LOUISVILLE, Ky. (WHAS11)- The Louisville Metro Council is steaming forward in its planned expulsion trial of Councilwoman Judy Green.
On Monday afternoon, the council set dates in either the first or second week of August for a three day trial. Green's attorney told the frustrated council court that he would not be prepared until September.
The 16 present council members were sworn in as the jury of the council trial. The five members who filed the charges against Green are not allowed to participate in the trial.
Green did not attend the hearing and three council members were absent, Democrats Rick Blackwell, David Yates and Mary Woolridge.
The Metro Ethics Commission has twice concluded that Green intentionally violated ethics law in how she administered taxpayer funded grants through her council office. The move to expel her from the council came between those two findings from the ethics board.
Green's attorney, Derwin Webb, cited several reasons for the council to delay the start of the trial, including the pending appeal of the ethics commission's findings.
"So she can make sure that she has the best representation possible," Webb explained, "Going forward today, I still don't have discovery and I'm not saying that this is unfair at this point. But we do know that in order to have a fair trial, you have to be given the opportunity to defend your client and right now I just don't have all the information that you have."
The attorney hired as the prosecutor for the council, Gregg Hovious, dismissed the call for a delay due to the ethics appeal.
"Completely separate proceedings." Hovious said, "Separate decision makers. This is a proceeding for the council to determine whether she should be removed for misconduct or gross neglect."
Webb also told the council court that he has other clients and that some of the dates discussed for the trial conflict with his trial schedule. Council members groused that Green has had plenty of time to prepare for the proceedings, yet it was unclear if the council would choose to accomodate Green.
Calling the complaints against Green a "simple matter," Councilman Brent Ackerson (D) said he was not in favor of delaying the proceeding.
"The hour is ripe," Ackerson said, "The evidence is there."
The court voted to appoint former council president and senior Republican Kelly Downard to chair the expulsion hearings. Metro Council President Jim King immediately turned over the proceedings to Downard, out of concern that Green had accused King of not being objective.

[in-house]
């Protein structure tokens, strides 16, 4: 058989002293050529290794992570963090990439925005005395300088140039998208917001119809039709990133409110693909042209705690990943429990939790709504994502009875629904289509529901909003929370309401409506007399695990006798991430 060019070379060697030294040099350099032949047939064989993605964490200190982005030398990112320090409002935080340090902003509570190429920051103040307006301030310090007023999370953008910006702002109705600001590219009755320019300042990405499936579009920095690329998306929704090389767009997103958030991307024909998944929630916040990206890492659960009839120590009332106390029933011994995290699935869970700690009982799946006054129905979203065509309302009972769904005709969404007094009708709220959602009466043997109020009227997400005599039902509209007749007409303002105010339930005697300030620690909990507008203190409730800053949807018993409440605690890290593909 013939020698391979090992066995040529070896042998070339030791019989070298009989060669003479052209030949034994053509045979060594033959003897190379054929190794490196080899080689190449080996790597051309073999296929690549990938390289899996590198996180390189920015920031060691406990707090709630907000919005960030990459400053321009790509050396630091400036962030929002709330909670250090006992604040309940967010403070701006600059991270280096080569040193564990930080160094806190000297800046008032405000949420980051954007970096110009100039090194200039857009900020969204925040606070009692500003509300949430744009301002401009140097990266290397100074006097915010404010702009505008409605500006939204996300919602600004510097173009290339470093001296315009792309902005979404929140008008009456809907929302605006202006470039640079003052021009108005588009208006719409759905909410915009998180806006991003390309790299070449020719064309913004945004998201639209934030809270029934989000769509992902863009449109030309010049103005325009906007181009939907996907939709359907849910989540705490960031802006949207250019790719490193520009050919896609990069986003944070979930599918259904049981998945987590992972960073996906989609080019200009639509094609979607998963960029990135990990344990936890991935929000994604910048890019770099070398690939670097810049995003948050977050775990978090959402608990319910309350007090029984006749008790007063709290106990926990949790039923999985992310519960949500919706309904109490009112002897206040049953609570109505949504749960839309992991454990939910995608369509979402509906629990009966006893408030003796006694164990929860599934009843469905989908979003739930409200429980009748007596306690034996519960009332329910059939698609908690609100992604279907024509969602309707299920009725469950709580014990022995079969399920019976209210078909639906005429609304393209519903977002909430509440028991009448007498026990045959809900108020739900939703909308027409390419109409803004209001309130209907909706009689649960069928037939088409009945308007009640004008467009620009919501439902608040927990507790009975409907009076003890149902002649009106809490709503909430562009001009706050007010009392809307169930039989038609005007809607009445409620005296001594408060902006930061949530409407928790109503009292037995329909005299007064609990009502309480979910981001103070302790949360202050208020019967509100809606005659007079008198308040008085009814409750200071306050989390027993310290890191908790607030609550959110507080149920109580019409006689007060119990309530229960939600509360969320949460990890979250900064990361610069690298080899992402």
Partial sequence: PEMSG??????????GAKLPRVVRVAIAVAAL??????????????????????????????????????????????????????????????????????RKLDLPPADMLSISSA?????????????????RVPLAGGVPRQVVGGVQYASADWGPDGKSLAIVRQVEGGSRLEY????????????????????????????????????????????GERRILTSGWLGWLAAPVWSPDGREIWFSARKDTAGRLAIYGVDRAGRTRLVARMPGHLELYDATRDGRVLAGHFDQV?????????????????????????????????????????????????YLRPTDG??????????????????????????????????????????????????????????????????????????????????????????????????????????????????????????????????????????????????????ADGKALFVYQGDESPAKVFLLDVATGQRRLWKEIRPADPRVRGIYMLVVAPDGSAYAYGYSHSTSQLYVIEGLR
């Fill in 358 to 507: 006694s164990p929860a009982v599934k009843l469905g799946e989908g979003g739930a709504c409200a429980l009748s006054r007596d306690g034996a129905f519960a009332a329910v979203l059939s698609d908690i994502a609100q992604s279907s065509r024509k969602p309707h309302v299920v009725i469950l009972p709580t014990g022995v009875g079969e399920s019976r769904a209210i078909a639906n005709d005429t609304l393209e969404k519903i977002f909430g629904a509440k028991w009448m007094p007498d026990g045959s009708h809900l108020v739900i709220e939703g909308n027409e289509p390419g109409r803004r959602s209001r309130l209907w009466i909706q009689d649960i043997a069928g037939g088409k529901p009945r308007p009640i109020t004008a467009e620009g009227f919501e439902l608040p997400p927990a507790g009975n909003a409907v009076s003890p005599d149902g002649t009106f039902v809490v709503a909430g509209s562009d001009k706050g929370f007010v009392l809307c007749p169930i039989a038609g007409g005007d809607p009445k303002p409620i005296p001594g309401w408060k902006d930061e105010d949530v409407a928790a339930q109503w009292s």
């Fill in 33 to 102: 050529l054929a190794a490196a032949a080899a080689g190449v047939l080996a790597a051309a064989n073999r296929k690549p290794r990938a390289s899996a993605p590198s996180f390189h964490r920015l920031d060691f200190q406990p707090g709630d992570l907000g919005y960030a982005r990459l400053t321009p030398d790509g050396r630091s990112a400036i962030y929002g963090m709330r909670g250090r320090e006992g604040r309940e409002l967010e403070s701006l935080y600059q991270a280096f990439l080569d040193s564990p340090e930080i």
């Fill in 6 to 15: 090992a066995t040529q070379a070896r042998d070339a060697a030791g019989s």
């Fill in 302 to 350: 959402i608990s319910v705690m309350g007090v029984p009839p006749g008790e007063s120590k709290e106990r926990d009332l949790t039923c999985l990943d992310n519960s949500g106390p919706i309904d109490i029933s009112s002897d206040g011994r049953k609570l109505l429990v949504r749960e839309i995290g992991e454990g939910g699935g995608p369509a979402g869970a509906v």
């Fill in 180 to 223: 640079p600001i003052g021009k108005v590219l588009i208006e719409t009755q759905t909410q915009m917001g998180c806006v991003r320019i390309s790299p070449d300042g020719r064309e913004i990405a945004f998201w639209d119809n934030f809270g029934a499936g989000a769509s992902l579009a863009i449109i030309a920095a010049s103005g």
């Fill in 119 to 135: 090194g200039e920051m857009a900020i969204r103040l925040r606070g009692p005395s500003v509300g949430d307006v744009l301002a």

"I know even such implication can impair the perceived fairness of this process and I have too much respect for the Metro Council to risk the finality of this body's decision in this matter," King said.
Much of the half-hour meeting was consumed by council members, who are part-time office holders, expressing concern about juggling scheduling conflicts and private work obligations with the time demands of Green's trial.
County Attorney Mike O'Connell expressed an opinion that council members would need to be present for the entirety of the trial, rather than watch videotapes of testimony, to be qualified to render a verdict.
"Two-thirds of those who are sworn to sit and hear evidence" would need to find Green guilty in order for her to be removed, O'Connell said, "That number will be what that number will be."
Downard admonished his colleagues to make every effort.
"We have a responsibility," Downard said, "And this may be maybe the most serious responsibility we've faced since we've taken office, most of us."
O’Connell will act as a judge for the trial and will decide what evidence is allowed.
Hovious was hired by the five council members who brought the charges against Judy Green.
Democrat Tina Ward-Pugh
Republican Kevin Kramer
Democrat Barbara Shanklin
Democrat Madonna Flood
Republican Stuart Benson
Green would be the first elected offical in merged government to be removed from office, yet several other politicians were removed or faced impeachment in the history of the former City of Louisville.
In 1865, Mayor Phillip Tomppert was impeached when he refused to approve a street car contract tainted by a bribe to a city councilman.
In 1907, a vote fraud scandal triggered the ouster of Mayor Paul Barth and all Jefferson County Democrats who had been elected in 1905.
In 1978, the Board of Aldermen started impeachment proceedings against Mayor William Stansbury after he lied about his whereabouts during the firefighters strike and refused to testify about questionable campaign contributions. The Board of Aldermen dropped the impeachment when a court ruled the aldermen did not have subpoena powers.
But the Metro Council does have subpoena power and the council's prosecutor plans to use it to compel Green's aides and the beneficiaries of her grants to testify against her.
"I would love for those people to be subpoeaned," Green said in a July 5 interview, "because they can tell you exactly what happened."